Well, I can't see the future, but France is the favorite. As I write this France's odds sit at -106, while Croatia is a +387 underdog. The odds of a draw sit at +233. Now, I know what you're thinking, and no, the World Cup can't end in a tie. A draw means the match was tied after 90 minutes before 30 minutes of extra time and possible penalty kicks. As far as odds to win the match, be it in regulation, extra time, or penalties, France is at -220 and Croatia is +180.
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So Croatia is like a Cinderella?
Yes, if you want to use another NCAA Tournament analogy, you can certainly say that. While they aren't entirely on the level of what we saw with Loyola at this year's Final Four, they're still a surprise. This is a team that's yet to lose one in this World Cup. And while Croatia has a few big names known to soccer fans like Luka Modric, Ivan Rakitic, and Mario Mandzukic, those guys aren't household names for the most part.
Which team is more fun to watch?
Well, different strokes for different folks and all that, but I would wager that France is the more entertaining side for the casual soccer fan. If either one of these teams is going to score three to four goals in a match, France is the more likely option. The team has so much offensive firepower with players like Antoine Griezmann, Olivier Giroud and Kylian Mbappe (mmm-bap-eh) up front, and N'Golo Kante and Paul Pogba in the midfield. It's a terrific blend of youth, experience, speed and strength.
Who is the one French player I should keep my eyes on?
There are many, but right now the hottest name is France's Kylian Mbappe. He's only 19 years old, but he's scored three goals in the World Cup (Antoine Griezmann also has three goals for France). He can essentially serve as a one-person fast break for the French. Think of him as a bit like the NBA's Russell Westbrook. He's very dangerous in transition, as he can fly down the field quickly.
How about Croatia's best player?
That would be Luka Modric. Although he's more than capable of scoring goals (he has two in the tournament), that's not ultimately his purpose. He's not a goal scorer as much as he's a goal creator. He's the guy who has the ball at his feet most of the time when Croatia's looking to create a scoring chance because he's the best at creating the space for his teammates to operate by dribbling the ball into dangerous areas. If Kylian Mbappe is Russell Westbrook, Luka Modric is Chris Paul.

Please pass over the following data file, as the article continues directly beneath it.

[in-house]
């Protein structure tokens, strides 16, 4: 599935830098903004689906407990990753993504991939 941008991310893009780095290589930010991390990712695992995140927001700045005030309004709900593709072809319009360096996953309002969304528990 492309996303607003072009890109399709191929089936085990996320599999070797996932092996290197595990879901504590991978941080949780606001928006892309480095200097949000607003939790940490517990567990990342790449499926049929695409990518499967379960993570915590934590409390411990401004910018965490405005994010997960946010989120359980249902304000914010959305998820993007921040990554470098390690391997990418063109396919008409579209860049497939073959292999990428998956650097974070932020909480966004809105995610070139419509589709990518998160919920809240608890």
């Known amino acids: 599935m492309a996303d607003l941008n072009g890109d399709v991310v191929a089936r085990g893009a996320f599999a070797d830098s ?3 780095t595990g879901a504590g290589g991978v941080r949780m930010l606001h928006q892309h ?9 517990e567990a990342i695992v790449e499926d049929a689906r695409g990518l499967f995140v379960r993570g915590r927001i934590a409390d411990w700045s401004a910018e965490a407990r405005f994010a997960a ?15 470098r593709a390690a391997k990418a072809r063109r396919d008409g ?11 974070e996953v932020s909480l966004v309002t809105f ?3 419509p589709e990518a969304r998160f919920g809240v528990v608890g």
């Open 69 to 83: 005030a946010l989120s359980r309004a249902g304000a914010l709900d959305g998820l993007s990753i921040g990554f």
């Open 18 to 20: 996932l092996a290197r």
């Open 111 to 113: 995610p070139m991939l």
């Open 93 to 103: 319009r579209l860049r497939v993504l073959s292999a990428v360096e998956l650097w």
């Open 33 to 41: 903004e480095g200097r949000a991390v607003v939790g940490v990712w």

Which NFL teams would you compare them too?
If I'm comparing France to anybody right now, I will go with the Philadelphia Eagles. Unlike the Eagles, France had already won a World Cup before this year, back in 1998. Where the comparison comes in, though, is that the Eagles have never been a premier NFL franchise, but they've never really had a prolonged period of struggles. It's a team that's typically been good, but seldom great. That being said, the Eagles just won a Super Bowl with a team that had a nice blend of youth, talent and experience, and they could be in a position to become a real power in the NFL over the next few years. Well, there are some wondering if this World Cup final is just the beginning of a dominant run from France on the international soccer stage over the next decade.
As for Croatia, I'd compare it to the Jacksonville Jaguars. Croatia didn't become an independent country until 1991 and didn't play in its first World Cup until 1998. Jacksonville didn't become an NFL franchise until 1995. Also, like Croatia, while Jacksonville has won three division titles since, it's never won the AFC or reached the Super Bowl before. So it's in uncharted territory right now, and like Jacksonville, Croatia has a strong enough defense to keep it in the game with France. The only question is if it'll be able to score enough to win.